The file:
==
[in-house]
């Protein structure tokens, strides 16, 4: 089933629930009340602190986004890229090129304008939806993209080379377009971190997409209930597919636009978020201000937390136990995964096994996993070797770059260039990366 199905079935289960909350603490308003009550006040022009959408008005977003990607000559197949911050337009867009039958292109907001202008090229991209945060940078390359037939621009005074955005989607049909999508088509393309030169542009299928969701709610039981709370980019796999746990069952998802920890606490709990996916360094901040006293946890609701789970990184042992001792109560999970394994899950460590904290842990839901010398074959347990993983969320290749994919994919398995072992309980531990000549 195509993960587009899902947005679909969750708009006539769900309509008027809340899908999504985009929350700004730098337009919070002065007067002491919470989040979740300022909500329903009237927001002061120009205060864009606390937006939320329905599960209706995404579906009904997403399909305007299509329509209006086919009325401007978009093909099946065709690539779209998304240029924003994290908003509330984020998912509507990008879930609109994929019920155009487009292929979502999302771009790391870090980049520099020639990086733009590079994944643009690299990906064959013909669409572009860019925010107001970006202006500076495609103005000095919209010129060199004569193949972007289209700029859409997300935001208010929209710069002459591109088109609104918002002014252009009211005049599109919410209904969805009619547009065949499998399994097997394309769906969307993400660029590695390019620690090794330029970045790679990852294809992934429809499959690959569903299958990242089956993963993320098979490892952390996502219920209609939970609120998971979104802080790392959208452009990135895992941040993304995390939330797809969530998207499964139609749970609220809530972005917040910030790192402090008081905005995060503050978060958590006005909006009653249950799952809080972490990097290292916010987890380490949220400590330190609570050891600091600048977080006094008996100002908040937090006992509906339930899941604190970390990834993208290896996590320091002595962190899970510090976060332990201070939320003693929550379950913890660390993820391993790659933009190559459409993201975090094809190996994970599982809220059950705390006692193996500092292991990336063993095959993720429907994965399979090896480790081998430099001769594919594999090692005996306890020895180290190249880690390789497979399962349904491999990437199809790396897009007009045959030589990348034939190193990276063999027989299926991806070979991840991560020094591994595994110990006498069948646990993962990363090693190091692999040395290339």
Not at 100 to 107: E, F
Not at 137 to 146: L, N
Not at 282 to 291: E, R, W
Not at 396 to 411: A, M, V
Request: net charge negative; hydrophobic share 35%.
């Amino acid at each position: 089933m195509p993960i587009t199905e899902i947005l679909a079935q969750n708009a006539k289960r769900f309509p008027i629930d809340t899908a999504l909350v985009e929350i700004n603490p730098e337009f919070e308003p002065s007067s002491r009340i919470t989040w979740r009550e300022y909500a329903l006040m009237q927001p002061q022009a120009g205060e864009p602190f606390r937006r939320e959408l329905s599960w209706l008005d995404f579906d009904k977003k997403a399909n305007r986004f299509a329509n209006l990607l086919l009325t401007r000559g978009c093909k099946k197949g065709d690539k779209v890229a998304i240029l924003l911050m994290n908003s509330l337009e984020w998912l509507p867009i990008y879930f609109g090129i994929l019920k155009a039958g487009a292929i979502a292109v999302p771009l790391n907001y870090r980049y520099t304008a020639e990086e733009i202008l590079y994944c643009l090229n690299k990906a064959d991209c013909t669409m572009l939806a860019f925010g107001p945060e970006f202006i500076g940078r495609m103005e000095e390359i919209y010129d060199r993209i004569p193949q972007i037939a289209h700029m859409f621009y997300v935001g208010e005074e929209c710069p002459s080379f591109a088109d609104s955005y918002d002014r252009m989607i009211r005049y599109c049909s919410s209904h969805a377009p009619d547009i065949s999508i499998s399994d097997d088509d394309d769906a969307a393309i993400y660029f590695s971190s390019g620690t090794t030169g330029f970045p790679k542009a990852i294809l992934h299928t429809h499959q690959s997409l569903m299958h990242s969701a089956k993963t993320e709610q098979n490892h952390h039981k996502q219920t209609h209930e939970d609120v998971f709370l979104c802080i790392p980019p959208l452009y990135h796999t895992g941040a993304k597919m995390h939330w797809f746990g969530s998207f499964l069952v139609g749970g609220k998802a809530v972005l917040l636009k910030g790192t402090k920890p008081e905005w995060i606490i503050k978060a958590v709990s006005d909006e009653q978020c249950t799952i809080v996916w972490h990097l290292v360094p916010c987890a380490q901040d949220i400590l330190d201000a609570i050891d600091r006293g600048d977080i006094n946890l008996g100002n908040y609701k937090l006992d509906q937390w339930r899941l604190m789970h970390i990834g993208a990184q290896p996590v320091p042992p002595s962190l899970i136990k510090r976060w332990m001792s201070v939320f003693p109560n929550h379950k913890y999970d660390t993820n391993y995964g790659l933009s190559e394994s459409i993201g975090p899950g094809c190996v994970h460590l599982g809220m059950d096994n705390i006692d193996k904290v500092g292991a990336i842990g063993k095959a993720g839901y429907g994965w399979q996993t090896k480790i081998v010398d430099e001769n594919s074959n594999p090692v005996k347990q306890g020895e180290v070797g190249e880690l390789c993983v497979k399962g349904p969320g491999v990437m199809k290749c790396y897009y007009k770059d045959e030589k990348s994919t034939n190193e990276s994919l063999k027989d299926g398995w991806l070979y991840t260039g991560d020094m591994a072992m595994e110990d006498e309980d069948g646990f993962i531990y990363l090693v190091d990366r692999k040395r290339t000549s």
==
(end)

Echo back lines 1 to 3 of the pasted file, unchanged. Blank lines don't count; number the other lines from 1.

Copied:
[in-house]
């Protein structure tokens, strides 16, 4: 089933629930009340602190986004890229090129304008939806993209080379377009971190997409209930597919636009978020201000937390136990995964096994996993070797770059260039990366 199905079935289960909350603490308003009550006040022009959408008005977003990607000559197949911050337009867009039958292109907001202008090229991209945060940078390359037939621009005074955005989607049909999508088509393309030169542009299928969701709610039981709370980019796999746990069952998802920890606490709990996916360094901040006293946890609701789970990184042992001792109560999970394994899950460590904290842990839901010398074959347990993983969320290749994919994919398995072992309980531990000549 195509993960587009899902947005679909969750708009006539769900309509008027809340899908999504985009929350700004730098337009919070002065007067002491919470989040979740300022909500329903009237927001002061120009205060864009606390937006939320329905599960209706995404579906009904997403399909305007299509329509209006086919009325401007978009093909099946065709690539779209998304240029924003994290908003509330984020998912509507990008879930609109994929019920155009487009292929979502999302771009790391870090980049520099020639990086733009590079994944643009690299990906064959013909669409572009860019925010107001970006202006500076495609103005000095919209010129060199004569193949972007289209700029859409997300935001208010929209710069002459591109088109609104918002002014252009009211005049599109919410209904969805009619547009065949499998399994097997394309769906969307993400660029590695390019620690090794330029970045790679990852294809992934429809499959690959569903299958990242089956993963993320098979490892952390996502219920209609939970609120998971979104802080790392959208452009990135895992941040993304995390939330797809969530998207499964139609749970609220809530972005917040910030790192402090008081905005995060503050978060958590006005909006009653249950799952809080972490990097290292916010987890380490949220400590330190609570050891600091600048977080006094008996100002908040937090006992509906339930899941604190970390990834993208290896996590320091002595962190899970510090976060332990201070939320003693929550379950913890660390993820391993790659933009190559459409993201975090094809190996994970599982809220059950705390006692193996500092292991990336063993095959993720429907994965399979090896480790081998430099001769594919594999090692005996306890020895180290190249880690390789497979399962349904491999990437199809790396897009007009045959030589990348034939190193990276063999027989299926991806070979991840991560020094591994595994110990006498069948646990993962990363090693190091692999040395290339």
Not at 100 to 107: E, F